The most glamorous time of the year By Amanda Bedgood — Photos by Robin May
Monday, Dec. 2, 2013
Holiday dinners are that rare occasion that allows families to do it big. In a world of increasingly casual gatherings, let Christmas dinner or holiday brunch take things up a notch. Pull out the crystal and fine china. It’s as easy to set a table with gold trimmed plates as it is your everyday wares. Larayn Guidroz of Swags and Tassels created a display in the home of Michelle and Bryan Hanks that proves lux doesn’t have to be complicated.
“These are all Berebie,” says Guidroz of the shimmering glass stems she used in the Hanks home.
While dozens of the collectible pieces may not fill your china cabinet, the holidays are the time to pull out your finest glassware. For a sumptuous look, go for holiday colors in your finest pieces like these deep red dishes — no need to buy Christmas-themed china. Use your neutral china and add rich fabrics in holiday shades or spring for some gold-trimmed serving pieces and wine holders. Gold is a go-to that can work long after the tree gets hauled to the curb and works from Christmas morning to New Year’s fêtes.
“I used all red roses,” Guidroz says, pointing to the vivid displays on the table.
In lieu of traditional poinsettias, red roses and rich greenery give a posh holiday vibe. Simple sparkling extras can be found at spots like Paul Michaels for a steal. Think gilded gift boxes and glittering reindeer. Or simply fill ample vases with metallic ornaments for a quick display. Scatter pinecones or red berries on your best silver platters and add a stream of metallic ribbon. Combine earthy elements like magnolia leaves with occasional shimmering details for a look that’s glam but grounded.
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AUG 22 Blogger Robert Mann is writing about the so-called Edmonson Amendment in this post, and he's not a fan. If Bobby Jindal really does support a "gold standard" of ethics he would have done something - or even said something - and yet he has not, Mann says.
AUG 22 Crazy Crawfish is blogging about the (interesting) incident of the state Education Department's website being out of commission earlier this week. It was reported (with heavy implications) in two local media outlets, and Crawfish feels the stories would have been better had the reporters done a little investigation instead of just printing what they were told.
AUG 22 Blogger Tom Aswell has some advice for state troopers who plan on making any public comments or challenges to the Jindal administration: don't do it. He's telling the story of one trooper who dared to challenge Commander Mike Edmonson's buddy and paid the price for it.
AUG 22 Columnist Clancy DuBos is writing about the upcoming elections in this post on Gambit. The field for local and federal offices has its share of old guys, he tells us, although mostly he's talking about Edwin Edwards.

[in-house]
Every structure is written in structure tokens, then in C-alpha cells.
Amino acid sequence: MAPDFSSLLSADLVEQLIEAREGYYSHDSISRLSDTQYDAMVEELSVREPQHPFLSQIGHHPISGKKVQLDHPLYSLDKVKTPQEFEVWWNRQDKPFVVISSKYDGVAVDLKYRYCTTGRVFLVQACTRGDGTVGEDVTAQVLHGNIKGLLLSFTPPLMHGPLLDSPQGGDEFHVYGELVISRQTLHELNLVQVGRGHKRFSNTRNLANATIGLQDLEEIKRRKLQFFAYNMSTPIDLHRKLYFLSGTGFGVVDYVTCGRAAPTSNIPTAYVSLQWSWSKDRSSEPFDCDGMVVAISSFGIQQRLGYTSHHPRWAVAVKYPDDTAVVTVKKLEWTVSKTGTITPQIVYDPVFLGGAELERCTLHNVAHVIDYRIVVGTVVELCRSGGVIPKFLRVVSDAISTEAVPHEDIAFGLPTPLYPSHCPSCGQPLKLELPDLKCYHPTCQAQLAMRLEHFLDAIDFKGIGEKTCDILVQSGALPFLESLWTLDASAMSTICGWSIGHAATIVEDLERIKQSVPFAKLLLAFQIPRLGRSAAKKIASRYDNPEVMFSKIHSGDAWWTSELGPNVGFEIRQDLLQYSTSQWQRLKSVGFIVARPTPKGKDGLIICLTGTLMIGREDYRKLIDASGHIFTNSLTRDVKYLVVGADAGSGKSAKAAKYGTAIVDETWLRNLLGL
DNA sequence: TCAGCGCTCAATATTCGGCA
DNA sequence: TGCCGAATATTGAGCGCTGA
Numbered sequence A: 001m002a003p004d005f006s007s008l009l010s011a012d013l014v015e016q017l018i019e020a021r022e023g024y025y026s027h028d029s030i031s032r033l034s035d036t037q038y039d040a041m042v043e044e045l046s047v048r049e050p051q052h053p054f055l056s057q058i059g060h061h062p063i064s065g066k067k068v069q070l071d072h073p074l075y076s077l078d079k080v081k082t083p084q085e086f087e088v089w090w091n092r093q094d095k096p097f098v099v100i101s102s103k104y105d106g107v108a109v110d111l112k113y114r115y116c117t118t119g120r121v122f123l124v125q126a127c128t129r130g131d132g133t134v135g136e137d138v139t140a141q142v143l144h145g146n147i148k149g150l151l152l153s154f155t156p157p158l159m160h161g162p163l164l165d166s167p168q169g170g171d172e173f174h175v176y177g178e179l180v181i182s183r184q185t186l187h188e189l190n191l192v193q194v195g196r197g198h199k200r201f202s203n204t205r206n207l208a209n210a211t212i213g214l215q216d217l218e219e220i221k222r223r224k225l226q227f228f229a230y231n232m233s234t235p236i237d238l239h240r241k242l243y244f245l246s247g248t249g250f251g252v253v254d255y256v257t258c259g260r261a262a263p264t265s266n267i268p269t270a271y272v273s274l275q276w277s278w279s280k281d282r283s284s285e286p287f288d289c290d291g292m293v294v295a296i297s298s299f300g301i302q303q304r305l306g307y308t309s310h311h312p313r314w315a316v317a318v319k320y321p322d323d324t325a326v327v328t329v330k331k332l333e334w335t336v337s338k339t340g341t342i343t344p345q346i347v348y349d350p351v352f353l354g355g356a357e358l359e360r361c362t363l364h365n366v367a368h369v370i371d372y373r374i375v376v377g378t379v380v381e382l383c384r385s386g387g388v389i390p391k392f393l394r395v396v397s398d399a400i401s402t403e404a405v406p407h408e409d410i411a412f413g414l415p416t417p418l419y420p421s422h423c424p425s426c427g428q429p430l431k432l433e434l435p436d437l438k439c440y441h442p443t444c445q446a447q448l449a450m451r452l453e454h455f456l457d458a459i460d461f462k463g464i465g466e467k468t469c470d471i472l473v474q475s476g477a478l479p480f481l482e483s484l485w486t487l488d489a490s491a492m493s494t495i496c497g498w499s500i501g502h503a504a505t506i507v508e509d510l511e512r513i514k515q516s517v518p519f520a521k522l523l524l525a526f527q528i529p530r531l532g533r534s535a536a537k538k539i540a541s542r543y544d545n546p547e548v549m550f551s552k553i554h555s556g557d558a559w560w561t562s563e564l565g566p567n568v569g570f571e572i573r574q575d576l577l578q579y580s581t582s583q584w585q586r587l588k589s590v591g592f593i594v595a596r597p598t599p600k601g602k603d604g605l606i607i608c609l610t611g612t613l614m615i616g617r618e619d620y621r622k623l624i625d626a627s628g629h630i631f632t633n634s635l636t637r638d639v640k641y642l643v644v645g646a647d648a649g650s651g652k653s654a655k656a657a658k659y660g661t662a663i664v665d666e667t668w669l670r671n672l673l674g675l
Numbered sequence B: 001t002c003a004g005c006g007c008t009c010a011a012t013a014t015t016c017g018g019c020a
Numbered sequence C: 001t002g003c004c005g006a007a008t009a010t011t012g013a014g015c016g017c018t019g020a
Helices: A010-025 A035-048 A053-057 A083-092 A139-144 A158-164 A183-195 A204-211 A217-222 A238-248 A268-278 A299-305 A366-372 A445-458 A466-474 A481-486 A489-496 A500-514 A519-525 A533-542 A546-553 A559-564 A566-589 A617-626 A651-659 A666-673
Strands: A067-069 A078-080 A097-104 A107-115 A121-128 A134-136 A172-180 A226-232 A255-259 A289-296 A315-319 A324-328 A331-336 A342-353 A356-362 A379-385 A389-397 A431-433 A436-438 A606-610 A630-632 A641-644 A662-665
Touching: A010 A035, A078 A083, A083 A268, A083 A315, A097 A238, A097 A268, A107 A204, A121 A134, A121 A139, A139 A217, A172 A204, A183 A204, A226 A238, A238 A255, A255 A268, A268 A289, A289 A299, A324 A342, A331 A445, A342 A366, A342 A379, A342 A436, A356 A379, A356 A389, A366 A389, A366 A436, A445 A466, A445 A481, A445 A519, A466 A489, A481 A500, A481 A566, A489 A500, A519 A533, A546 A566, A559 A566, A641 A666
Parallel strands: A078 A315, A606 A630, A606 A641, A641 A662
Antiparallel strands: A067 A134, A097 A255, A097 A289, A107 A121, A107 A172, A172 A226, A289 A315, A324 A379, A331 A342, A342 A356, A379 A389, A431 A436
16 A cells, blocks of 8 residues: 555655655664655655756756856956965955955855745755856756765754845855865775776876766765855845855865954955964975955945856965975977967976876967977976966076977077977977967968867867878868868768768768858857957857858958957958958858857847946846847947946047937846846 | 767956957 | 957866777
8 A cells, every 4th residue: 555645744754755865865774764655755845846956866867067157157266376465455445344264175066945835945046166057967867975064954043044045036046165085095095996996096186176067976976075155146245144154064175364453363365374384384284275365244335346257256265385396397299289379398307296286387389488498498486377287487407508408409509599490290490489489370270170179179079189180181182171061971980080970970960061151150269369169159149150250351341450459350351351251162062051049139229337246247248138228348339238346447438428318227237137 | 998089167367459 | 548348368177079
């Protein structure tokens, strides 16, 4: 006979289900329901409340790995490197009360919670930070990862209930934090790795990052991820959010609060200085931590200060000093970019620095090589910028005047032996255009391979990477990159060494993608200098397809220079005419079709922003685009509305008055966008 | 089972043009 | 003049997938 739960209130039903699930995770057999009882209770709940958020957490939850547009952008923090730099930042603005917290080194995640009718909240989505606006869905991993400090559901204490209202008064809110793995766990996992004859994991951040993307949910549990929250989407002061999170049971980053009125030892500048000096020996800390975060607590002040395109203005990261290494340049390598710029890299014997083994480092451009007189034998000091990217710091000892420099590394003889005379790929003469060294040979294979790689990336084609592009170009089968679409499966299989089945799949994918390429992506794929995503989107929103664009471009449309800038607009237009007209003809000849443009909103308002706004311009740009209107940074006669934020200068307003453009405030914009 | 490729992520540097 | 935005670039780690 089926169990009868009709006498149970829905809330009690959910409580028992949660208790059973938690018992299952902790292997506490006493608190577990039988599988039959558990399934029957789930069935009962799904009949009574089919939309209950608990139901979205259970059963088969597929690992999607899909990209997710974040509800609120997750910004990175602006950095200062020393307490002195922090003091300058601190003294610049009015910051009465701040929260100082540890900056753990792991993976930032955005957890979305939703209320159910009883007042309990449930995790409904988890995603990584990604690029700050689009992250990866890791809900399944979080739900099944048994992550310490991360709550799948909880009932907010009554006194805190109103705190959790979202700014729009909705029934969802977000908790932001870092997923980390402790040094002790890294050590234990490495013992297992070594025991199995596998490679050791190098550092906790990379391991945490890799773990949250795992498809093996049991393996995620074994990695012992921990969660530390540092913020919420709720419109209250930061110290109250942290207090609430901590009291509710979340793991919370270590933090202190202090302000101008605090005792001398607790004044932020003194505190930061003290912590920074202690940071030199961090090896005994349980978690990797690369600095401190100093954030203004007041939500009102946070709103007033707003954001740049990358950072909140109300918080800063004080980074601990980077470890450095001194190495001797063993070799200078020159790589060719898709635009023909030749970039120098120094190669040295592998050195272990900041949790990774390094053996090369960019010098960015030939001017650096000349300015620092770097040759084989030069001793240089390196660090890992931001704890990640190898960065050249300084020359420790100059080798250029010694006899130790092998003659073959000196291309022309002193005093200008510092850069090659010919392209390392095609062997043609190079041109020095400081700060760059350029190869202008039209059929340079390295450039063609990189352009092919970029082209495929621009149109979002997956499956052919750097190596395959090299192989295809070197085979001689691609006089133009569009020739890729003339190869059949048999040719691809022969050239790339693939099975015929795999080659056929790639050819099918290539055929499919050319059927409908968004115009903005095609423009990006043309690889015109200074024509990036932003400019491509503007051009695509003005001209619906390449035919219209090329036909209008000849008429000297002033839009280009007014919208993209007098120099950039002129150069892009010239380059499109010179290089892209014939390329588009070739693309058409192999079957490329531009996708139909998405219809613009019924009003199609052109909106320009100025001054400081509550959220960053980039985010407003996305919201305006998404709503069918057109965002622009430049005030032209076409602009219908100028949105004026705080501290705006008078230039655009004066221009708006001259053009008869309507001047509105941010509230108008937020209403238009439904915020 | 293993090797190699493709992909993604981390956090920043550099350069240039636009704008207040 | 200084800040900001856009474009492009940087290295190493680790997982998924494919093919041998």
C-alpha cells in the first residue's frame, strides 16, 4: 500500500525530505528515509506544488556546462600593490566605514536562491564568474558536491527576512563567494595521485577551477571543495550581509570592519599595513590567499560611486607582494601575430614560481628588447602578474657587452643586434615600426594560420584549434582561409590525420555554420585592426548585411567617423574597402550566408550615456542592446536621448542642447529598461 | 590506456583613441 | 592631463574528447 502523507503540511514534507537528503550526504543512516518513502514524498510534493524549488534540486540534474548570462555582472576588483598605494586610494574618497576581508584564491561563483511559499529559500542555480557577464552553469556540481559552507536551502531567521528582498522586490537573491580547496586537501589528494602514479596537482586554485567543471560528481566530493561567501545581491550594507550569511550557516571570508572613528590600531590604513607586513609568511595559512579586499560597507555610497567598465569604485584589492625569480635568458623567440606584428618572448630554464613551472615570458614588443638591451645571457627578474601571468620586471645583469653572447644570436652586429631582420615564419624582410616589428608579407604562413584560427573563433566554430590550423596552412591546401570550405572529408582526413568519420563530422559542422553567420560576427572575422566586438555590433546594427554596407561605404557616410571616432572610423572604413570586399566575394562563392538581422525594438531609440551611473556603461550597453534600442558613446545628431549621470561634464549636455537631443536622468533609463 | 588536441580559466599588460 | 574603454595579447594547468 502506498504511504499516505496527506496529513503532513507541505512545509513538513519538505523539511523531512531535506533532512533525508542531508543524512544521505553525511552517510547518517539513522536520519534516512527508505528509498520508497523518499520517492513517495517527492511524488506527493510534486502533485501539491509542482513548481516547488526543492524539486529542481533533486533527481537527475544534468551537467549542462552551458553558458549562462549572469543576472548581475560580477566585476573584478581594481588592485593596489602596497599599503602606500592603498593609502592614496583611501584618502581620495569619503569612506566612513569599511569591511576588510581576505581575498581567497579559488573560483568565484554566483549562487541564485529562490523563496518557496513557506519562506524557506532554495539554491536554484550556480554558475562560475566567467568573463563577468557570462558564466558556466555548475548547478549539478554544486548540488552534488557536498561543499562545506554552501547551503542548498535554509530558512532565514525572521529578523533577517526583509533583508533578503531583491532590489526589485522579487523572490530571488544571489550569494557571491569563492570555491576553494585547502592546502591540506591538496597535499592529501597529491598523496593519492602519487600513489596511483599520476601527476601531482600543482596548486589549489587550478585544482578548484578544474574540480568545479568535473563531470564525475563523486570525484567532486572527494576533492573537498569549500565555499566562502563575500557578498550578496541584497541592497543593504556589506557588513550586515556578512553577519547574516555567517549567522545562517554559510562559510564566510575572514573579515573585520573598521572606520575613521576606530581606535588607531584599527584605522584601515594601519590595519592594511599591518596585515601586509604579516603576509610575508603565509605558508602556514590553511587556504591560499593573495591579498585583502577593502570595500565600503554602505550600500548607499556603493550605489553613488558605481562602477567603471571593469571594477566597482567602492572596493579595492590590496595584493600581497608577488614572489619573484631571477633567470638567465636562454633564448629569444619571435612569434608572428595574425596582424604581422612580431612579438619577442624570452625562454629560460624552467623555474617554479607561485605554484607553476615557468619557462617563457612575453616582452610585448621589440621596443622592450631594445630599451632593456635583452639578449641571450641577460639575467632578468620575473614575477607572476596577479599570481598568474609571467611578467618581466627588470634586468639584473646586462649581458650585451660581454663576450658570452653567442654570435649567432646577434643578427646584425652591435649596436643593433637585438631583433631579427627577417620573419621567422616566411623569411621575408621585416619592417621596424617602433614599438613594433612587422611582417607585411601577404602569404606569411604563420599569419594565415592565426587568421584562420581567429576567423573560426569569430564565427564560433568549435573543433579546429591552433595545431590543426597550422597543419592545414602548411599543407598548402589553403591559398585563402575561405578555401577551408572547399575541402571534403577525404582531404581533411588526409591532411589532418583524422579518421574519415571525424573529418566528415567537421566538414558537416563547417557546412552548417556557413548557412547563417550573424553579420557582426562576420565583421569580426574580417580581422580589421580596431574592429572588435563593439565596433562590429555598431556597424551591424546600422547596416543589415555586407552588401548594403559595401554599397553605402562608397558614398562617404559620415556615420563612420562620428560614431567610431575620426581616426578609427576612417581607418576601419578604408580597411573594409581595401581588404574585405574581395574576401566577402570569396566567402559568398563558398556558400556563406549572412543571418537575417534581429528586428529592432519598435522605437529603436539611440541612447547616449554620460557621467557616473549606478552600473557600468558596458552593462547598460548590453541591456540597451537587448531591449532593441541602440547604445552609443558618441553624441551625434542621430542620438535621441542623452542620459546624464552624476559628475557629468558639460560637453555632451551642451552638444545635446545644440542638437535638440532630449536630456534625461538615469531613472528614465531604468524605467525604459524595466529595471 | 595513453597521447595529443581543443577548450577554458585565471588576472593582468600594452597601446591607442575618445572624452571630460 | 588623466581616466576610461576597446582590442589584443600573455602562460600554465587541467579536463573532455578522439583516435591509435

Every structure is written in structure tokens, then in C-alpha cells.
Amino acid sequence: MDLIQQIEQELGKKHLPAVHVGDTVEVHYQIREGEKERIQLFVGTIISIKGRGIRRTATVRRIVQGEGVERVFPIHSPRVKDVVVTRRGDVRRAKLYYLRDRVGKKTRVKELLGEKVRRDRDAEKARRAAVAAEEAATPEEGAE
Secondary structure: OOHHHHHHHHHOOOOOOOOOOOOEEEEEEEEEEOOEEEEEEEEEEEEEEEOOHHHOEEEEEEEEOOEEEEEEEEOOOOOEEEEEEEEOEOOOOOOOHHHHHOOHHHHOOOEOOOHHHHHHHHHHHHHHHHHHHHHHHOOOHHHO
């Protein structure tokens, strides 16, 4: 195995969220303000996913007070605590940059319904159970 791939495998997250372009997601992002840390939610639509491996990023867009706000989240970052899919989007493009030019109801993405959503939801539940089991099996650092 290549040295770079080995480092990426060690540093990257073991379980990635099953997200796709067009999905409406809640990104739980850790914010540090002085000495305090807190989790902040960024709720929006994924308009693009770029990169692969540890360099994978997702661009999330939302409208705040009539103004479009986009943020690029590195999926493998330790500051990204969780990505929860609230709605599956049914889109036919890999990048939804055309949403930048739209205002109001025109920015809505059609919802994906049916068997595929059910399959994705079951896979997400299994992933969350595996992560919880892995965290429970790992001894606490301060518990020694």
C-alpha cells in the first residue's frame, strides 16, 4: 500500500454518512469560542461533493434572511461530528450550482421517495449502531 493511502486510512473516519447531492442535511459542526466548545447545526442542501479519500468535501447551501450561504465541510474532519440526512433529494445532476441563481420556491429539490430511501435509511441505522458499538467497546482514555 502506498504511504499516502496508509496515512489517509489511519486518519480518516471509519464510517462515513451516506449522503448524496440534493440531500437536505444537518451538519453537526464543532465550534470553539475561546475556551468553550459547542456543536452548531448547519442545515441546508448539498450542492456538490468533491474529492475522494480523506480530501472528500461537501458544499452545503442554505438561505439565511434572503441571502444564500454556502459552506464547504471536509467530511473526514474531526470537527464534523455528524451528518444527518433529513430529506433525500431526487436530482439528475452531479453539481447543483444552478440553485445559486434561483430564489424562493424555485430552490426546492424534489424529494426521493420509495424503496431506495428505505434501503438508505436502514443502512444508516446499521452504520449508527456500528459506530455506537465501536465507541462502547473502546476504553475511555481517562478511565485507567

AUG 22 Columnist Jim Beam is talking about the Office of Group Benefits in this post; that's the office that handles the money collected from state employees to pay their benefits. The OGB reserve fund has been reduced by half in the last year, and the Jindal administration keeps saying that's a good thing - but that's like telling a kid that castor oil is good, Beam says.
AUG 22 Columnist James Gill is writing about dueling efforts over the killing of animals; on one side is a lady trying to avoid the euthanizing of stray cats and on the other is a camp of folk who feel that there are enough black bears in Louisiana for us to start killing them for fun.
AUG 22 One could assume that nobody (teachers included) likes it when politicians tell them how to do their job. So what do teachers think about Common Core? Blogger Michael Deshotels is examining some responses from teachers who were asked. (Spoiler alert: none of these comments will be used in a Common Core marketing campaign.)
AUG 22 This post on The Hill is commenting upon the latest round of "that candidate is the worst person in the world" ads that are running in Louisiana's Senate race. This round takes aim at Bill Cassidy, the physician/Congressman who is challenging Mary Landrieu, and lists all the votes he has cast that hurt veterans.
AUG 21 Tom Aswell is telling us about another "efficiency" contract the state has signed. This one is paying a consultant (i.e. someone with a briefcase from out of town) $140 an hour, plus tens of thousands in air fare. The agency on the receiving end of this tender care? The DMV. Well -- that's working great, then.
AUG 21 Columnist Stephanie Riegel is writing about the scandal that has rocked the LSU Alumni Association (to wit, the executive director's "girlfriend" also was his employee; when they "broke up" he started paying her, with alumni money, to keep her mouth shut). In particular, she's looking for some lessons to learn from the mishigas.
AUG 21 This post on The Lens brings us up to date on the ongoing process of populating the levee board that will decide if the so-called Big Oil lawsuit will move forward. Gov. Jindal has done his best to put the kibosh on the suit by removing pro-suit members, but the process of replacing them is not simple, Bob Marshall tells us.
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